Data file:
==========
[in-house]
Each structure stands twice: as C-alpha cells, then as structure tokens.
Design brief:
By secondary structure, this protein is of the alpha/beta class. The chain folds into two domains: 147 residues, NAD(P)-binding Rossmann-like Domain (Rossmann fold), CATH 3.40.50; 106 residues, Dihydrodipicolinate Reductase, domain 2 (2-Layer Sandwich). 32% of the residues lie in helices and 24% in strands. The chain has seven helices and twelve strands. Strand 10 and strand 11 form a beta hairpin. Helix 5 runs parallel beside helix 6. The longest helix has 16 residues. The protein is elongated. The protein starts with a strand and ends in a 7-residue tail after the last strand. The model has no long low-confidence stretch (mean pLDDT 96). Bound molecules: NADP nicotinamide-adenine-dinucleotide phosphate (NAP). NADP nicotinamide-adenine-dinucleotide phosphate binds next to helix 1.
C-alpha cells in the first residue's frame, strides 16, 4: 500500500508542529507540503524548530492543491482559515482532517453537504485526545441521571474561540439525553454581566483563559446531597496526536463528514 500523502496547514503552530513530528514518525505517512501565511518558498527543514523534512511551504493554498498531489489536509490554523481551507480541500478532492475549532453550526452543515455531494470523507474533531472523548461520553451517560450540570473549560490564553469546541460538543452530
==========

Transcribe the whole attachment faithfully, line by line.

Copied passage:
[in-house]
Each structure stands twice: as C-alpha cells, then as structure tokens.
Design brief:
By secondary structure, this protein is of the alpha/beta class. The chain folds into two domains: 147 residues, NAD(P)-binding Rossmann-like Domain (Rossmann fold), CATH 3.40.50; 106 residues, Dihydrodipicolinate Reductase, domain 2 (2-Layer Sandwich). 32% of the residues lie in helices and 24% in strands. The chain has seven helices and twelve strands. Strand 10 and strand 11 form a beta hairpin. Helix 5 runs parallel beside helix 6. The longest helix has 16 residues. The protein is elongated. The protein starts with a strand and ends in a 7-residue tail after the last strand. The model has no long low-confidence stretch (mean pLDDT 96). Bound molecules: NADP nicotinamide-adenine-dinucleotide phosphate (NAP). NADP nicotinamide-adenine-dinucleotide phosphate binds next to helix 1.
C-alpha cells in the first residue's frame, strides 16, 4: 500500500508542529507540503524548530492543491482559515482532517453537504485526545441521571474561540439525553454581566483563559446531597496526536463528514 500523502496547514503552530513530528514518525505517512501565511518558498527543514523534512511551504493554498498531489489536509490554523481551507480541500478532492475549532453550526452543515455531494470523507474533531472523548461520553451517560450540570473549560490564553469546541460538543452530